Town Hall Meeting

Woman, early 50's, in a pillbox hat, intense eyes

She perched, edge and center, on the metal folding chair, ankles crossed and angled toes barely touching the floor, her SoftRose painted lips pursed, her eyebrows raised even higher above their normally penciled boundaries, a single vertical line deepening between those brows, but slightly favoring the left, while two small circles of color heated each cheek, as if they’d been purposefully applied with a sable brush. 

Her pale blue twinset and matching skirt sedately complemented her conservative white pumps, and the pillbox hat, with its wisp of floral lace and placed just so on her blued and carefully-styled hair, trembled with emotion; something was disturbing her normal reserve, or as we kids might’ve said, back in the day “harshing her mellow.”

We knew it was wrong, but we snickered from our seats in the back of the auditorium when she stood up, her metal chair uttering a single distressed shriek, and strode in her ladylike way to the microphone, heels clicking staccato in the surprised silence that filled the school gymnasium.

Few outside the immediate family had ever witnessed Mary Ellen Mabrey’s temper, but they were all about to get an historic first-hand view at this town hall meeting.

The microphone squealed as she stepped up, then it, too was silenced  as she said in carefully controlled, barely neutral tones, “If you think you’re going to keep that monstrosity of a sculpture in the center of our town, you are out of your ‘effing’ minds. That man was an unapologetic racist and misogynist, and it will not stand, even if I have to tear it down with my own two hands!”

© Liz Husebye Hartmann (2021)

 The challenge? Write a story in 6 sentences, no more & no less, and if you’d like, share your creation or just visit and comment on others’ ideas, with GirlieOnTheEdge, Denise. The prompt is “RESERVE”, and here’s where you join the party: Six Sentence Stories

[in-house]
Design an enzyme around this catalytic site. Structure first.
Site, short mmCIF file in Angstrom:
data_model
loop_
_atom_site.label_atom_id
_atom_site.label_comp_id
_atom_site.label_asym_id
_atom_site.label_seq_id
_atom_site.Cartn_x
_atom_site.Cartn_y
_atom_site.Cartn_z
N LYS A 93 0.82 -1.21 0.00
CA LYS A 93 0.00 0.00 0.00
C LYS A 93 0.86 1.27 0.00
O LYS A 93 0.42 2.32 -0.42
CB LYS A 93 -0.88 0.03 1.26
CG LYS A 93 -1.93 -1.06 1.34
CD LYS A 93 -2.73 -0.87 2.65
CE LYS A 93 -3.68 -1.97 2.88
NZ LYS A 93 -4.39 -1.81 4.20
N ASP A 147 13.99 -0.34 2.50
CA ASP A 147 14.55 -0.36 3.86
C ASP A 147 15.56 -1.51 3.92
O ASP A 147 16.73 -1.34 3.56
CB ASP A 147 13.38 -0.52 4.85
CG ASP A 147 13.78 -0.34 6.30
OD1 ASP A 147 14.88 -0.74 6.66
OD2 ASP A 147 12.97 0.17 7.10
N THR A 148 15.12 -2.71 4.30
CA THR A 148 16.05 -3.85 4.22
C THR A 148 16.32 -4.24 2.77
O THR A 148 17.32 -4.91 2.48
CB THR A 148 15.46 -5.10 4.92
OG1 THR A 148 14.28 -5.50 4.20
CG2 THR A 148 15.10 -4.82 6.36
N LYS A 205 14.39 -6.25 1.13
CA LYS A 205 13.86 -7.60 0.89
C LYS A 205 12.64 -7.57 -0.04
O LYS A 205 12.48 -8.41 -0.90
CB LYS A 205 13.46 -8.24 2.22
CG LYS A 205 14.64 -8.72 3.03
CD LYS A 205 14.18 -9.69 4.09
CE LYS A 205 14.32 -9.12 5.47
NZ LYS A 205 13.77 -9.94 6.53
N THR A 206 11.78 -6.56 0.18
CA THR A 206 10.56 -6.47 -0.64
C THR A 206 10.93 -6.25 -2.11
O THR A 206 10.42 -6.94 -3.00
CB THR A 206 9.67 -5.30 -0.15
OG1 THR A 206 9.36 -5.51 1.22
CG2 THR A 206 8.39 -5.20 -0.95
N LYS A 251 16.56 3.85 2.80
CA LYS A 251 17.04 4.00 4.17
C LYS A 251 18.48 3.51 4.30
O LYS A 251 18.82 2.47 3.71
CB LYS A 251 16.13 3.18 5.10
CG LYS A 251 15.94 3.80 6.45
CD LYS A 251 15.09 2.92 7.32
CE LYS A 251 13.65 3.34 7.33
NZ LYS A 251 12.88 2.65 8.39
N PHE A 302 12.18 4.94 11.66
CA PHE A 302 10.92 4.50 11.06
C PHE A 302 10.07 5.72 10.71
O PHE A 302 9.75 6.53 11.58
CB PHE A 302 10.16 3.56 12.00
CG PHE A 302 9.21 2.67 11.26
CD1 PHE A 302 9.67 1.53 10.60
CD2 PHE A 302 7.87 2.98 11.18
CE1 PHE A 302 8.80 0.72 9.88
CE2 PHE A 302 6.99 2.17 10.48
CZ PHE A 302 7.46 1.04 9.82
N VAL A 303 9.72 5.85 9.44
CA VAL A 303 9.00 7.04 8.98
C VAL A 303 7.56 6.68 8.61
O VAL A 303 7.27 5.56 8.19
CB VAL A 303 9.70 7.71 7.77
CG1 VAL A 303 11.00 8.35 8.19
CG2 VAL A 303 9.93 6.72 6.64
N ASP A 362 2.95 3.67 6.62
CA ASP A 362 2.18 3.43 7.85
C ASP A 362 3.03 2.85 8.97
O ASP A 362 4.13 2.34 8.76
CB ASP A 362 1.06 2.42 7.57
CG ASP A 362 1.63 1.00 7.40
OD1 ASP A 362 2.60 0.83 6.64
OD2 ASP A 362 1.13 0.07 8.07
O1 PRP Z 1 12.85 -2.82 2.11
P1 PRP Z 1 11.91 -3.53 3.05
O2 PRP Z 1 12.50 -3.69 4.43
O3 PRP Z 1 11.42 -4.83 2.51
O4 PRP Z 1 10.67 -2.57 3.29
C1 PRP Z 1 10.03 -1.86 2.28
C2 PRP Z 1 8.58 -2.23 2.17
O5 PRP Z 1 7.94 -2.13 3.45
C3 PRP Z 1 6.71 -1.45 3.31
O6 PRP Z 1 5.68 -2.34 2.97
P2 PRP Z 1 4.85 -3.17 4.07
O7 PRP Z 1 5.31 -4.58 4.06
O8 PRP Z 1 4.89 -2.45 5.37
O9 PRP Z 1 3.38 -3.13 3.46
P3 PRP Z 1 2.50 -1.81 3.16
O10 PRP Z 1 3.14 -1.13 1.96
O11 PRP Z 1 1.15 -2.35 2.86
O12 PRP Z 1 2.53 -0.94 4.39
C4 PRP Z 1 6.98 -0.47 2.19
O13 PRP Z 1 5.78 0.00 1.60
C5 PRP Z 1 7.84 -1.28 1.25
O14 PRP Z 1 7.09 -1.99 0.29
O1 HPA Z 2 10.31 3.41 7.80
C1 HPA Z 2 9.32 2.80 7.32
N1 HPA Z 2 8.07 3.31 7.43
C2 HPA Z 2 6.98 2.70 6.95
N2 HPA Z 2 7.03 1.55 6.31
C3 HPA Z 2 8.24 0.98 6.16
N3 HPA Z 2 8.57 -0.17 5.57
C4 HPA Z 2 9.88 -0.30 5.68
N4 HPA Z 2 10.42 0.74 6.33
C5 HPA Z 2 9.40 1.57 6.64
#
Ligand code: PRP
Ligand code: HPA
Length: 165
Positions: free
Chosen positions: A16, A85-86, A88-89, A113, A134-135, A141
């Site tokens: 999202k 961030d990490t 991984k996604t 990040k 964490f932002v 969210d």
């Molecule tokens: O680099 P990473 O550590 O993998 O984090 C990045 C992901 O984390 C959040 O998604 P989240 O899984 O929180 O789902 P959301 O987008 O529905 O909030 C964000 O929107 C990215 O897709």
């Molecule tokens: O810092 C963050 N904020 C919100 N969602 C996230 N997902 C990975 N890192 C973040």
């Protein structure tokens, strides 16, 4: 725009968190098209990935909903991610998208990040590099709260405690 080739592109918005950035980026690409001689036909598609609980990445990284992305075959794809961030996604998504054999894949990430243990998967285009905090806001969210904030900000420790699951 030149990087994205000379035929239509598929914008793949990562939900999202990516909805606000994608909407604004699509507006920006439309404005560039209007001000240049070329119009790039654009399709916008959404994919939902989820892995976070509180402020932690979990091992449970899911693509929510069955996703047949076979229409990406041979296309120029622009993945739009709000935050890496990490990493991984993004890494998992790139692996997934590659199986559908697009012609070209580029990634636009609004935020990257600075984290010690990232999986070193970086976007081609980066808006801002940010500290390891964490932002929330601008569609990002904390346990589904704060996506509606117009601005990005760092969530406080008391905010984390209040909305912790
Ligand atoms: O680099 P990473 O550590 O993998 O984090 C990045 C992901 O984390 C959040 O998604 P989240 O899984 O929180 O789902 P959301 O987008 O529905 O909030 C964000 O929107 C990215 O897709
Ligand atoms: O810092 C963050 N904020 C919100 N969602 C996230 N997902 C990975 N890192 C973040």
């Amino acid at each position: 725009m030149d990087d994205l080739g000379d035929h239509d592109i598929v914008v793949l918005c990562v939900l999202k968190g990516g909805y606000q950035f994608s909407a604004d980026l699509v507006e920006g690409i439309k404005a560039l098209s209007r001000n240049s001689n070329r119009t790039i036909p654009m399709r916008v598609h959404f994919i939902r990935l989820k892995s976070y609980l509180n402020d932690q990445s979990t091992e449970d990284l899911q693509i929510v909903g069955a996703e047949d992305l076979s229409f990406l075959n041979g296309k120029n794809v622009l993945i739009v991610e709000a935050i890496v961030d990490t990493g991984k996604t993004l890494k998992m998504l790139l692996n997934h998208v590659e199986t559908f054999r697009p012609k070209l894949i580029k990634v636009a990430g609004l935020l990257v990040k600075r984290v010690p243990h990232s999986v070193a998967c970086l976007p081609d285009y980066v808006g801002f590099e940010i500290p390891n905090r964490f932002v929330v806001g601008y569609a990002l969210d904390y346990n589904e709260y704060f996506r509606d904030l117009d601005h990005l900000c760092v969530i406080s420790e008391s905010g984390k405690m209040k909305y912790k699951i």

25 thoughts on “Town Hall Meeting

  1. Your character is wonderfully detailed, Liz. Makes for easy visualization and while we’re busy imagining Ms. Mabry and the atmosphere within the auditorium, we’re not quite aware just how tense the situation is… Until the very end!

    Liked by 1 person

  2. Freaking awesome discription of the main character. I felt like I knew her before she spoke. And “an historic.” THANK YOU, THANK YOU, THANK YOU. Even Time magazine gets that wrong. So proud that you got it right. God save the English Language! I’llget off my soap box now.

    Liked by 1 person

  3. ” …two small circles of color heated each cheek, as if they’d been purposefully applied with a sable brush.”

    To paraphrase Whitman, ‘I read the Six envious’
    Two words; yow!
    Not too visual, right?

    It’s an open secret that I participate here as much for the opportunity to better my skills. This is one of those that, from time-to-time, I think, ‘Lets try going all-out on the description of physical appearance.’

    …and, nice hook at the end.

    Liked by 1 person

Hello!

Fill in your details below or click an icon to log in:

WordPress.com Logo

You are commenting using your WordPress.com account. Log Out /  Change )

Google photo

You are commenting using your Google account. Log Out /  Change )

Twitter picture

You are commenting using your Twitter account. Log Out /  Change )

Facebook photo

You are commenting using your Facebook account. Log Out /  Change )

Connecting to %s

This site uses Akismet to reduce spam. Learn how your comment data is processed.